The island’s four villages are all located at much higher elevations than the harbor. We’d read that a taxi ride to the town of Windwardside, where we were headed, would run $50.00, and include a bit of a tour and local information. Done deal, as walking the steep, winding road was not an option. It actually is an option, but since we weren’t in training for a triathlon, the cab option was just fine.
One of the dive shops along the harbor called a cab for us. We were told Dawn was on her way from the other side of the island, and not to get into any other taxi. In less than ten minutes, Dawn arrived and we were on our way up The Road (yes, another “The”).
Before The Road, life on Saba was much more difficult. Traveling the island’s twisting trails was an arduous task, as everything including the kitchen sink was transported by hand, and donkey, across the island’s grueling elevations (after being carried up the steep steps of The Ladder), beneath the unforgiving Caribbean sun.
Both Dutch and Swiss engineers claimed a road couldn’t be built on Saba, due to the island’s extreme topography. However, local Saban, Josephus Lambert Hassell, had issues with the word “couldn’t.” He earned an engineering degree through correspondence courses, and in 1938, with the assistance of his fellow Sabans, got down to the business of building the impossible.
The first section of road was completed after five years of work, using no heavy machinery (yes, this crazy road was all built by hand!). In 1947, the first motor vehicle arrived, and in 1958, “The Road That Could Not Be Built” was completed, with its highest point rising over 1800 feet above sea level.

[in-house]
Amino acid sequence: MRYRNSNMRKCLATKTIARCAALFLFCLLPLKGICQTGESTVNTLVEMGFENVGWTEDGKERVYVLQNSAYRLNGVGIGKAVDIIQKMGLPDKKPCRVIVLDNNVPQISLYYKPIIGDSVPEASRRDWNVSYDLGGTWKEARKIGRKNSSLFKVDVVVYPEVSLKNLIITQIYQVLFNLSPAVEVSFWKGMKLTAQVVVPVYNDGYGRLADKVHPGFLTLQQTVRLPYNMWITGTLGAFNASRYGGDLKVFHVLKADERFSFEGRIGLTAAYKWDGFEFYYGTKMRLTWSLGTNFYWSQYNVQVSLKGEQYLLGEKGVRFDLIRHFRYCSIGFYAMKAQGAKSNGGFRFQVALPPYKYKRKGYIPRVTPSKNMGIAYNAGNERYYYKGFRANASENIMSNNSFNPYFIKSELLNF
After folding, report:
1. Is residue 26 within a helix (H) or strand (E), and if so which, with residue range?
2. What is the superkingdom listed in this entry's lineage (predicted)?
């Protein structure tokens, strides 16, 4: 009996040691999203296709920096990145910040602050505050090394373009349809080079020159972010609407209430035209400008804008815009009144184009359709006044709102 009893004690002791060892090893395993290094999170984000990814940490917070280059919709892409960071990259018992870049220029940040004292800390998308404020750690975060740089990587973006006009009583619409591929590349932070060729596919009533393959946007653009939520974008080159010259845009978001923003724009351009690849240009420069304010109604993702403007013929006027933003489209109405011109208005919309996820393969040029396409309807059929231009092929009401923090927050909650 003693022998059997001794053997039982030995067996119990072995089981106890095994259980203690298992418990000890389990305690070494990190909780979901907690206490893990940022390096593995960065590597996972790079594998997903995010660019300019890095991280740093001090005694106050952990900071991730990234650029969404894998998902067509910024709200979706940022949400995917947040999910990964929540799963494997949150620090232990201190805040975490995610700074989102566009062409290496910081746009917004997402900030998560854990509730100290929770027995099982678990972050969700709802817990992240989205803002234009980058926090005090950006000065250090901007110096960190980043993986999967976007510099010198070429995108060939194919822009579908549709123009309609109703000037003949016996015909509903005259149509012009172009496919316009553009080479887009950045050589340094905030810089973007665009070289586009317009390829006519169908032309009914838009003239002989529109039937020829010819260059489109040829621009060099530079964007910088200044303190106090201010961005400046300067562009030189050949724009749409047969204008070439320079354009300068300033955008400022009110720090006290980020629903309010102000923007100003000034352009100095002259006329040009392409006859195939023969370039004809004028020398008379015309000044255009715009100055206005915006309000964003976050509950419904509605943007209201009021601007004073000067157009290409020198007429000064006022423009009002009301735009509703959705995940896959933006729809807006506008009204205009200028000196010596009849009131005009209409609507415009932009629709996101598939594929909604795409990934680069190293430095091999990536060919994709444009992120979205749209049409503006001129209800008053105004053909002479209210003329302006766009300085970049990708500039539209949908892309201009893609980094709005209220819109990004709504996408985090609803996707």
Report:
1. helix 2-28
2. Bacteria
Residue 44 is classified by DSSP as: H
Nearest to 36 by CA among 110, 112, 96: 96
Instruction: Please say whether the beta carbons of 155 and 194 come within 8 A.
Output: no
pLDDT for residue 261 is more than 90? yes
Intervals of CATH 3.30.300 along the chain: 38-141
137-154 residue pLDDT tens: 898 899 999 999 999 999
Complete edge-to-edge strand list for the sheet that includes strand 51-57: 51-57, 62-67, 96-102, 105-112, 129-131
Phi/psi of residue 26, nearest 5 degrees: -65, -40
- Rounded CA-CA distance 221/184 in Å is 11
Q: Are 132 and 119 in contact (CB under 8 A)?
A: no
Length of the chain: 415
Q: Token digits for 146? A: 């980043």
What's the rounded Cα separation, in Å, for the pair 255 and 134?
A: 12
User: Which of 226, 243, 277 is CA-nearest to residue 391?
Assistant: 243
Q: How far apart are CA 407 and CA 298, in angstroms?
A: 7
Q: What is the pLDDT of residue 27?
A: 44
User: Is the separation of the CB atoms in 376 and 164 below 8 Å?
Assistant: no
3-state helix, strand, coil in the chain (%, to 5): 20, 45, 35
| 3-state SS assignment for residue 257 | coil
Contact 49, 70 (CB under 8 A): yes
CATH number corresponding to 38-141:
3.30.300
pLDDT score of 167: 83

As we traveled, the expansive views across the mountains, and back down to the water below were amazing.
The Road itself, scared me to death. We could see it winding along the mountain ahead of us, full of twists and turns, many of them hair-pin and switch-back. In many places, one side of The Road was too near the edge of a steep incline, and other times it just seemed to hover in mid air (Remember…this sucker was built by hand!).
On our way to Windwardside, we passed through the village of….wait for it, The Bottom (what’s with the “The’s?!?), It’s the capital of Saba, and home to The Saba University School of Medicine.
Started by a local doctor, and initially funded by American expatriates and the Dutch government, the university is a lucrative business for the island. When classes are in session, its 400 students become islanders, and aside from providing healthcare for the island’s people, the school also adds a few million dollars to the Saban economy through its fees….win-win.
When we arrived at the village of Windwardside (named for its location on the island’s windward side), it looked like someone had picked up a picturesque European town and dropped it onto this volcanic island in the Caribbean. As we’d seen on the French islands, many of the homes looked as if they’d been freshly painted. Gingerbread trim, which accents many homes throughout the Eastern Caribbean, and neat and tidy gardens, full of tropical plants and flowers framed the quaint houses, and picket fences or other decorative wooden enclosures complete the picture.
What made the homes on Saba different, with a few exceptions, is that they all looked the same, at least from the outside. Red zinc roofs, that decorative Caribbean gingerbread trim, and green shutters seemed to define the architecture. We learned that this uniform look is the law!
Apparently, locals never questioned how their homes should look, until approximately 30 years ago, when a few foreigners moved to the island and changed their new homes to suit their own preferences. Sabans, some of whom can trace their ancestors back to the first settlers in 1640, were shocked.
As a result, the local government decided it was time to make what was a long-standing tradition into a law, with homeowners abiding by strict style and color schemes. “Saba houses,” one-story wooden homes, typically built on a stone foundation, are all white-washed. They have similar sized windows, with shutters that are painted either green and white, red and white or all white.